W. E. Deming & Japanese Manufacturing “Out of the Crisis” **Draft 08-15**
In the early 1950’s, W. Edwards Deming, Walter Shewhart, (from Bell labs) and other American technical teams, were asked by General Douglas McArthur, to come to Japan to help rebuild that shattered economy. McArthur had a plan to get Japan back to an economically stable system as soonas possible, and he saw manufacturing as a key component. (This wasn’t altruism, since if there were no jobs, then the populace might resort to violence, making the occupation by American troops more difficult). These technical teams, and Deming in particular, provided the ideas and techniques that motivated the Japanese to begin their manufacturing renaissance. Toyota and other Japanesemanufacturers listened, learned, and acted. They instituted the practices recommended by Deming, infused with their own cultural traditions. The book The Elegant Solution: Toyota’s Formula for Mastering Innovation, gives a 2007 update of the Japanese triumph in manufacturing. Their success is in very large measure due to the mind-set that Deming and the American teams put into place way back in the ‘50’s.(My own take is that an important component of this mind shift is that the American teams emphasized measuring absolutely everything, since only by comparative measurements can improvement take place. The other Deming ideas are crucial, but I think measurement underlies most of them). The result of this Japanese dedication to modern manufacturing and management practices is now painfully evidentto us here in the U.S., with Toyota Motor Company’s revenues exceeding the combined revenues of GM, Ford, DaimlerChrysler, and Volkswagon. Note that all of the Japanese success was achieved in spite of having no oil, iron, wood, and practically no other industrial resources. The Japanese success is a triumph of people oriented systems, process, and product. The lack of natural resources motivatedthe Japanese to place exceptional value on educated, trained, competent people, thus offsetting their lack of resources. Here is another crucial lesson for us here in the U.S., favored as we have been by abundant natural resources. Deming’s tried to spread his ideas of manufacturing and business renewal in America but found no audience. America and its leaders of that time (1950’s and 1960’s) wereoblivious of any need for change since we had the only viable economy in the world and our goods dominated the globe. Those were the good times, until about 1968 or so when Toyota started importing their superior quality cars. Acutely aware of the limitation of American Leadership, Deming published a book on the diseases of American management in 1986 called “Out of the Crisis”, This bookdescribed his vision of how America could still compete with Japanese organizations. Published in 1986, his prescriptions are still resisted by the managements I have observed, and, beyond my individual experience, is the realization by almost everyone that we are in deep deep trouble as a nation. We have lost industry after industry to foreign competition, our economy is on the decline, and our statusas a leader of innovation is seriously compromised. The auto industry is simply a more obvious loss, among many others. The consequences of our failure in management are abundantly clear today as I revise these notes in August of 2008. Even the most cursory look at American production shows a loss of millions of manufacturing jobs, 100’s of billions in trade deficits, a trillion dollars owed toforeign governments, and a general malaise about our future prospects. (Not to even mention the current debacle of the financial industry or the Iraq war). Here are Deming’s prescriptions for getting out of our current Crisis.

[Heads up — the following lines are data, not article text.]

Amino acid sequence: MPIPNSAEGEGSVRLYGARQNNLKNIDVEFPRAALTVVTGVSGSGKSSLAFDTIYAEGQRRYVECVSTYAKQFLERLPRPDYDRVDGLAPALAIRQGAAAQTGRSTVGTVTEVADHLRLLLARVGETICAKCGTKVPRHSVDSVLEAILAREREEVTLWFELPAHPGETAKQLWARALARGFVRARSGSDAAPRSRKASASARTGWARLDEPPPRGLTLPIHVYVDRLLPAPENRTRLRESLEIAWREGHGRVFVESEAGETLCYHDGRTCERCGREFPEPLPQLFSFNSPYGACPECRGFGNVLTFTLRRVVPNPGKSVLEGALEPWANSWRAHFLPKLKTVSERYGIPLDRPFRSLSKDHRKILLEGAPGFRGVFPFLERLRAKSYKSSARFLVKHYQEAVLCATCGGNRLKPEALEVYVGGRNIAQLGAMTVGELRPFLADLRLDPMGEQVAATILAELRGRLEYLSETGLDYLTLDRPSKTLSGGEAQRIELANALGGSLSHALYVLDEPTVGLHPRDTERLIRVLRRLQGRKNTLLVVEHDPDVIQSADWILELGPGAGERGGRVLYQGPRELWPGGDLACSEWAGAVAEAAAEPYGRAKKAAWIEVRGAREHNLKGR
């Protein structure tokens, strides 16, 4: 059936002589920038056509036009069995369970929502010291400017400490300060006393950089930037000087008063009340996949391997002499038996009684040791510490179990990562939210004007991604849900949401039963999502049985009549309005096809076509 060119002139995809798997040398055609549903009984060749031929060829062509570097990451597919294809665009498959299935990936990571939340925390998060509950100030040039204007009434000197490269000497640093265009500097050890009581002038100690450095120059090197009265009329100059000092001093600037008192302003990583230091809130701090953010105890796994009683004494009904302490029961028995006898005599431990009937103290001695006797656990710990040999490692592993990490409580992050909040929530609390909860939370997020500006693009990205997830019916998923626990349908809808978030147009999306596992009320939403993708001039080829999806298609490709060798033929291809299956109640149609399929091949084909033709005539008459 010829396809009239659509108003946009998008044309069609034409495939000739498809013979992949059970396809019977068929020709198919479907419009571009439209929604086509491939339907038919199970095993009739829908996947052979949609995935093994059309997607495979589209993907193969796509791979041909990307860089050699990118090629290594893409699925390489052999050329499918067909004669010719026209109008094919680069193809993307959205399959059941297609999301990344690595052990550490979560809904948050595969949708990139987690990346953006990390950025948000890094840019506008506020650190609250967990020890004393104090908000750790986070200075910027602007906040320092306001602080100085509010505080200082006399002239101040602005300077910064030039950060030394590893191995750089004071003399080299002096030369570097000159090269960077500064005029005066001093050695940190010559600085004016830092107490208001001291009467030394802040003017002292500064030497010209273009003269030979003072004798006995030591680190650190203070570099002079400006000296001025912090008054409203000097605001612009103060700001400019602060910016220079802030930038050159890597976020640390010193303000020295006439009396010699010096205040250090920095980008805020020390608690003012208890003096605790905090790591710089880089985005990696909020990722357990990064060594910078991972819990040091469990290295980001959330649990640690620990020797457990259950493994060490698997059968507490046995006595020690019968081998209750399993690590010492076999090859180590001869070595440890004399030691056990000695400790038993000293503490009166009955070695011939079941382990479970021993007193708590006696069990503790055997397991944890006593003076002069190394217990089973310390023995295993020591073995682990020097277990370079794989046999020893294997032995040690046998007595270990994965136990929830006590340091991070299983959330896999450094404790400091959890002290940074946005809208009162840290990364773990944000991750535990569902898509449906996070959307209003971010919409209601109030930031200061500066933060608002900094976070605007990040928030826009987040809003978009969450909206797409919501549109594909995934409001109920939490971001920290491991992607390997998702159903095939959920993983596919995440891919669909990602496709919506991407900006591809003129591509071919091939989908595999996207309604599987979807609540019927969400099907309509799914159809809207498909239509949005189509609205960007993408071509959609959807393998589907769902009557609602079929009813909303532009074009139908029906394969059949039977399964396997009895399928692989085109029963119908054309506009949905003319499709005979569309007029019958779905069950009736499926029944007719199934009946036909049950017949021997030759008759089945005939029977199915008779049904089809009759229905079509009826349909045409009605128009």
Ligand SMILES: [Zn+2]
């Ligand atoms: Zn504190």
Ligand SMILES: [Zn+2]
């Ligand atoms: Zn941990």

Deming & Views on Management Crisis Deming’s 14 Points Required to Climb Out of the Crisis...